Since the Supreme Court overturned the Sixth Circuit opinion, several lawsuits challenging the validity of the 2015 rule and seeking an injunctive order preventing the rule from becoming effective while the litigation was on-going have been revived. Though several had begun prior to the Sixth Circuit decision, they had been put on hold after the nationwide stay. Following the reversal of the stay, the cases were reopened. In State of Ohio v. U.S. EPA, No. 2:15-cv-2467 (S.D. Ohio Mar. 25, 2019), the court refused to prevent the 2015 rule from being implemented in Ohio, Tennessee, and Michigan, concluding that the rule would be effective while the litigation challenging its validity was on-going. In State of Texas v. U.S. EPA, No. 3:15-cv-00162 (S.D. Tex. May 28, 2019), the court ordered that the 2015 rule be sent back to EPA for re-drafting to better comply with the CWA. The court also kept in place an order it issued in 2018 that prevented the 2015 from being implemented in Texas, Louisiana, and Mississippi. A day after the decision was issued in State of Texas v. U.S. EPA, the court in State of Oklahoma v. U.S. EPA, No. 4:15-cv-00381 (May 29, 2019) concluded that it would not prevent the 2015 rule from being implemented in Oklahoma while the litigation challenging the rule was on-going. Finally, in State of Georgia v. Wheeler, No. 2:15-cv-00079 (S.D. Ga. Aug. 21, 2019), the court concluded that the 2015 rule violated the CWA and ordered that the rule be sent back to EPA for redrafting. Additionally, the court kept in place an order keeping the 2015 rule from becoming effective in Alabama, Florida, Georgia, Indiana, Kansas, Kentucky, North Carolina, South Carolina, Utah, West Virginia, and Wisconsin.
Currently, a little over half the jurisdictions in the United States apply the pre-2015 WOTUS rule while the rest apply the 2015 rule. Assuming the repeal of the 2015 rule takes effect on December 23, 2019, all jurisdictions will be required to apply the pre-2015 rule until EPA publishes its new WOTUS rule, anticipated sometime in 2020.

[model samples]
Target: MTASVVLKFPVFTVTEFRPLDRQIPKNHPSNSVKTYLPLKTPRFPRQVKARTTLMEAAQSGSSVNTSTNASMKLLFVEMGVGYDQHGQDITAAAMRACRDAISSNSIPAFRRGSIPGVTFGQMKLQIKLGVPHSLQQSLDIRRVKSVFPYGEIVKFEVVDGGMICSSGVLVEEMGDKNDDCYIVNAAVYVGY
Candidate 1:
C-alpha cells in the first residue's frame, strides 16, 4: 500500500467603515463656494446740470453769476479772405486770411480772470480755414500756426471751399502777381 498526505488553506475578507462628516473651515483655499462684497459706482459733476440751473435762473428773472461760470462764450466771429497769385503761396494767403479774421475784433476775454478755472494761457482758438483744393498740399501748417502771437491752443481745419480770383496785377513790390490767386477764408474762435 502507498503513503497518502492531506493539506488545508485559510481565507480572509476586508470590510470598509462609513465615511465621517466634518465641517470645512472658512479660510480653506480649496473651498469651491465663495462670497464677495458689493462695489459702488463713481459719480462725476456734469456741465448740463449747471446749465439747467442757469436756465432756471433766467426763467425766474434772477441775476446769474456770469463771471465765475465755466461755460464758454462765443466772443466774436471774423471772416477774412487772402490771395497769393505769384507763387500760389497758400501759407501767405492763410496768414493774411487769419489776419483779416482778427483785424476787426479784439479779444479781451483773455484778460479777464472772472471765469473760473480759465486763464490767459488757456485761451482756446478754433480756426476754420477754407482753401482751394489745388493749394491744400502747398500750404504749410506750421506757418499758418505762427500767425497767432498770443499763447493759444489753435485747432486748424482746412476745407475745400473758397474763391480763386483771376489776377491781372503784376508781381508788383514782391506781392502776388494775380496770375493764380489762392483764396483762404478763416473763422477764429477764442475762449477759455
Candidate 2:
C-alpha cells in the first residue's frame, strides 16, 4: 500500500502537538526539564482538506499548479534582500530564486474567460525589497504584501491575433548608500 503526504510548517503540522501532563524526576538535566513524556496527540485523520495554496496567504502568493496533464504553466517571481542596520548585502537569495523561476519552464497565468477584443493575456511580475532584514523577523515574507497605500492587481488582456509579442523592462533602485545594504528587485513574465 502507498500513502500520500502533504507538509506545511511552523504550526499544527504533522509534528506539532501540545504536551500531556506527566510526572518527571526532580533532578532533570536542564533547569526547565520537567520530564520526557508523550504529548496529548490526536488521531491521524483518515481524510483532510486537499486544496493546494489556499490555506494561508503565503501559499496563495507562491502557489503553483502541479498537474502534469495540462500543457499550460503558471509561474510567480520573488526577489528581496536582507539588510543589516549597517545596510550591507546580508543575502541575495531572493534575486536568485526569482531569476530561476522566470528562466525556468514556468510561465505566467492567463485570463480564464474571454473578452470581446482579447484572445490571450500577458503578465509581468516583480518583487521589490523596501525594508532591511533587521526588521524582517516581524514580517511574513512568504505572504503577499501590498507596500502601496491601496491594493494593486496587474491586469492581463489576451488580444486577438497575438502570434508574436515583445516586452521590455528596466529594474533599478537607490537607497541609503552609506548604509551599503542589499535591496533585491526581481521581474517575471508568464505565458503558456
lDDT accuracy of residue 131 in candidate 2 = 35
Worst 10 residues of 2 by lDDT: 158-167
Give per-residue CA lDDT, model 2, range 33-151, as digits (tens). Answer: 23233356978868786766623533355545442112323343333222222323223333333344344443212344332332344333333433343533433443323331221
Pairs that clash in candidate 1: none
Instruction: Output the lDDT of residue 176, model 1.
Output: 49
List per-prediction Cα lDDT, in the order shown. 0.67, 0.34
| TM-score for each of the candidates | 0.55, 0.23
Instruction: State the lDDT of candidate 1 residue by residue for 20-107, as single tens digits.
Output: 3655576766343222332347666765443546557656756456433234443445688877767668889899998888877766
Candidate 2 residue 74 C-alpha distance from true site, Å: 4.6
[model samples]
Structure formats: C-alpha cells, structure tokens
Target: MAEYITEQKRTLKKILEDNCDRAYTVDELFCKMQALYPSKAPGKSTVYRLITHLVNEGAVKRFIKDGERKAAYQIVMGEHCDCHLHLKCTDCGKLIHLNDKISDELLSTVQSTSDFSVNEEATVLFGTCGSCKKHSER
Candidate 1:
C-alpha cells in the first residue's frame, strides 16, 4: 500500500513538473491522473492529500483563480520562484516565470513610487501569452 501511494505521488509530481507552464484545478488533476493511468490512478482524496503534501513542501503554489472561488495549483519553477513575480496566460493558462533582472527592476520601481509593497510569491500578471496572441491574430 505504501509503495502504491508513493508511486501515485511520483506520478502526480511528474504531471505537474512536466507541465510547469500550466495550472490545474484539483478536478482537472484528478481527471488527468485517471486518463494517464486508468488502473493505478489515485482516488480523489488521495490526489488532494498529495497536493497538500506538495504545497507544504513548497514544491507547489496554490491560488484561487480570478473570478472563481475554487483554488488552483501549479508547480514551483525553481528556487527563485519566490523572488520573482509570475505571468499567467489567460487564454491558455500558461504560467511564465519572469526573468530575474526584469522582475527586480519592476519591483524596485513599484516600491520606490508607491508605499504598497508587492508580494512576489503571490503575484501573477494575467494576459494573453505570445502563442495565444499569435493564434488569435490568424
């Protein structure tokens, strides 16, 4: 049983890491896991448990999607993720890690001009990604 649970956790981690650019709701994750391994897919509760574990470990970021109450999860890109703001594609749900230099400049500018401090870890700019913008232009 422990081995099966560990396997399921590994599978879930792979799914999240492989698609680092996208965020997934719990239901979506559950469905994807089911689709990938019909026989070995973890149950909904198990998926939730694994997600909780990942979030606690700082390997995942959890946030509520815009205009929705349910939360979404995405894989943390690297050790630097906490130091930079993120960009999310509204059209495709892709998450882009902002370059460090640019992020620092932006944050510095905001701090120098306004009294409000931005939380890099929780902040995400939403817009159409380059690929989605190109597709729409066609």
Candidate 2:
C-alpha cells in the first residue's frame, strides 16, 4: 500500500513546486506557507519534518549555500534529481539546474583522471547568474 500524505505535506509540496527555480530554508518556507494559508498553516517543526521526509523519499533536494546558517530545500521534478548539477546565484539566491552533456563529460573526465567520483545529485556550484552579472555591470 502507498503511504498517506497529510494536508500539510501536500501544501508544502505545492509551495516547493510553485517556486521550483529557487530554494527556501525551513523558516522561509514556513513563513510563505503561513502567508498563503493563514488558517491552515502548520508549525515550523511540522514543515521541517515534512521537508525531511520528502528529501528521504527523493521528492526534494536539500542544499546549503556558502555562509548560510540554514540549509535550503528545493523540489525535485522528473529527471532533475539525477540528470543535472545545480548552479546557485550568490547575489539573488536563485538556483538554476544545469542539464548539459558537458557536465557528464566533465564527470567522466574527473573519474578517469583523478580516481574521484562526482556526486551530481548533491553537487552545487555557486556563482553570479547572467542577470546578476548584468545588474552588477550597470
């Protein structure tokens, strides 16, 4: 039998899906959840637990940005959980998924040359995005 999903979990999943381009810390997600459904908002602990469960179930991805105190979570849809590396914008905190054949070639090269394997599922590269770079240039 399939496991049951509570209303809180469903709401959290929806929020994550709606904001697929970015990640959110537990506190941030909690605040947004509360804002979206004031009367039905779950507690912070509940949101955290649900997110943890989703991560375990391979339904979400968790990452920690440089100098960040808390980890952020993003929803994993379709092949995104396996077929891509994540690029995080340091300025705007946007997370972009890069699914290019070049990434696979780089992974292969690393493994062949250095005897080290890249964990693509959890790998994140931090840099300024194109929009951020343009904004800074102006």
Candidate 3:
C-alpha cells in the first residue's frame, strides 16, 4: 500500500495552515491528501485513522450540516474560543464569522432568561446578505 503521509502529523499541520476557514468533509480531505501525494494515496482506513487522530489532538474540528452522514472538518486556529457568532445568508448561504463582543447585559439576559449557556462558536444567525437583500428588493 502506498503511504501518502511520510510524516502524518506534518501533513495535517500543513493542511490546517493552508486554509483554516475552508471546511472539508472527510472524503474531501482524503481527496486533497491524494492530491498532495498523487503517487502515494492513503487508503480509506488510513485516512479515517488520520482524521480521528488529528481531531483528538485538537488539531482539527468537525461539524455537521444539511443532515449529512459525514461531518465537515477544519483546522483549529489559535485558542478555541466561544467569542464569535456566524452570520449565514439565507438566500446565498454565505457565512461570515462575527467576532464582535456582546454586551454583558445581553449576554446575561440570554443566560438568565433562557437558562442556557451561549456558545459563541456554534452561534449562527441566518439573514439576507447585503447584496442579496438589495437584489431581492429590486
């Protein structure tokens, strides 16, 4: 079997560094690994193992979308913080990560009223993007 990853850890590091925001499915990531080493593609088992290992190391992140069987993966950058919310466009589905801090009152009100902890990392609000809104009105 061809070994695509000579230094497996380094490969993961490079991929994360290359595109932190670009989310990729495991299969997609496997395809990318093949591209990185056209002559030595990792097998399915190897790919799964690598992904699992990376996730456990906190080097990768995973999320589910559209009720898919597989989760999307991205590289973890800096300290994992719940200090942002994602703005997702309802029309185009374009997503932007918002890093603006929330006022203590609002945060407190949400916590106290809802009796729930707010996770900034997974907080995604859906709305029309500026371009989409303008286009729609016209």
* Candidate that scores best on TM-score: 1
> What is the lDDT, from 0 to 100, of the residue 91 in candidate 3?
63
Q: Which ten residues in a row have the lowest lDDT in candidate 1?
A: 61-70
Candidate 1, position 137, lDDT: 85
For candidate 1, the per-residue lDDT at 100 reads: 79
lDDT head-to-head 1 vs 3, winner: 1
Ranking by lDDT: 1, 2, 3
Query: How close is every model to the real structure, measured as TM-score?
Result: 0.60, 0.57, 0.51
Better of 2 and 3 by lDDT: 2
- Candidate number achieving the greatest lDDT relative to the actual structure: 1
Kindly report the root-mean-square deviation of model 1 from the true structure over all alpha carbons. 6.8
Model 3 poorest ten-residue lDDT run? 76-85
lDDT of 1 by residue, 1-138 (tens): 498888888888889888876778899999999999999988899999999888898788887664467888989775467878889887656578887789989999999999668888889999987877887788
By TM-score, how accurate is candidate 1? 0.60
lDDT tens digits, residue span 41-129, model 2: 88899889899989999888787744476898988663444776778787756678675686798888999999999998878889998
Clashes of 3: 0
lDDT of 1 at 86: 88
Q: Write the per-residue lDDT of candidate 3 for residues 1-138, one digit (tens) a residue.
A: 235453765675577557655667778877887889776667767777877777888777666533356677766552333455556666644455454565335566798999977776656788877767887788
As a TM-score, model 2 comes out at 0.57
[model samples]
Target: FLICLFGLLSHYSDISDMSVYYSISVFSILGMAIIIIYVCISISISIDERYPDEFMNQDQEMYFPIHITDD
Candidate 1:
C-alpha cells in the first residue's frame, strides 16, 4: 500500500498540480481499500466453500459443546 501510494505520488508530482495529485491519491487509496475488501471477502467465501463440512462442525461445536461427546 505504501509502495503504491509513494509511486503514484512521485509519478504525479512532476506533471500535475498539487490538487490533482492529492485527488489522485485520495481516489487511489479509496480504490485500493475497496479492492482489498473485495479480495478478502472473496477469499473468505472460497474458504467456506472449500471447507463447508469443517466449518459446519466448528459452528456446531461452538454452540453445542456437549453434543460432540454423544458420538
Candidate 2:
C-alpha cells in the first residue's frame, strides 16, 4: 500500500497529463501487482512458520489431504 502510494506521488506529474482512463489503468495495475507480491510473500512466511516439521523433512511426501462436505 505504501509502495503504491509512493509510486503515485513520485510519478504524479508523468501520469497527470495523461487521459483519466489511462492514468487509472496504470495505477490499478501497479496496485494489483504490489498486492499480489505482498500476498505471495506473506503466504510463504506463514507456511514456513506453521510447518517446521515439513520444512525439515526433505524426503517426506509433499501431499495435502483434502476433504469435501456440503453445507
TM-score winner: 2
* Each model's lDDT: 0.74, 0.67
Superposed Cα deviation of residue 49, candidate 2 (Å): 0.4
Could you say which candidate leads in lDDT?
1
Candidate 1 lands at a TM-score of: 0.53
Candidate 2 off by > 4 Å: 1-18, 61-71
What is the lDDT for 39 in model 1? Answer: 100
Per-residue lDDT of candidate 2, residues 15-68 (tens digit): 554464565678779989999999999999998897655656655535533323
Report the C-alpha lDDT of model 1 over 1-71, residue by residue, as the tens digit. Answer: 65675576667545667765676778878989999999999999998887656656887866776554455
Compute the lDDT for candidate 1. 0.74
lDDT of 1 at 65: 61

However, lawsuits have already been filed challenging EPA’s October 2019 repeal of the 2015 rule. A suit brought by the New Mexico Cattle Grower’s Association argues that EPA cannot revert to the pre-2015 WOTUS regulations because those regulations violate the text of the CWA by regulating interstate waterbodies and certain wetlands. A second suit, brought by the Southern Environmental Law Center and ten other environmental groups, challenges the repeal itself as invalid. Depending on how those cases progress, the repeal of the 2015 rule may be prevented from becoming effective in certain jurisdictions.
In short, the foundational definition determining who must comply with a major federal environmental statute, the CWA, is not well defined. It hasn’t been since the beginning, and competing definitions remain today. While several presidential administrations, including the past two, have attempted to bring clarity to the compliance requirements, it doesn’t look like that will happen anytime in the near future.
To read the full decision in State of North Dakota v. U.S. EPA, click here.
To read the full decision in In re EPA, click here.
To read the full decision in State of Ohio v. U.S. EPA, click here.
To read the full decision in State of Texas v. U.S. EPA, click here.
To read the full decision in State of Oklahoma v. U.S. EPA, click here.
To read the full decision in State of Georgia v. Wheeler, click here.
To read the complaint filed by the New Mexico Cattle Grower’s Association, click here.
To read the complaint filed by the Southern Environmental Law Center, click here.
To read the 2015 rule, click here.
To read the 2019 repeal of the 2015 rule, click here.
To read about EPA’s two-step rulemaking process, click here.
To read the text of the Clean Water Act, click here.
To learn more about the Clean Water Act, click here.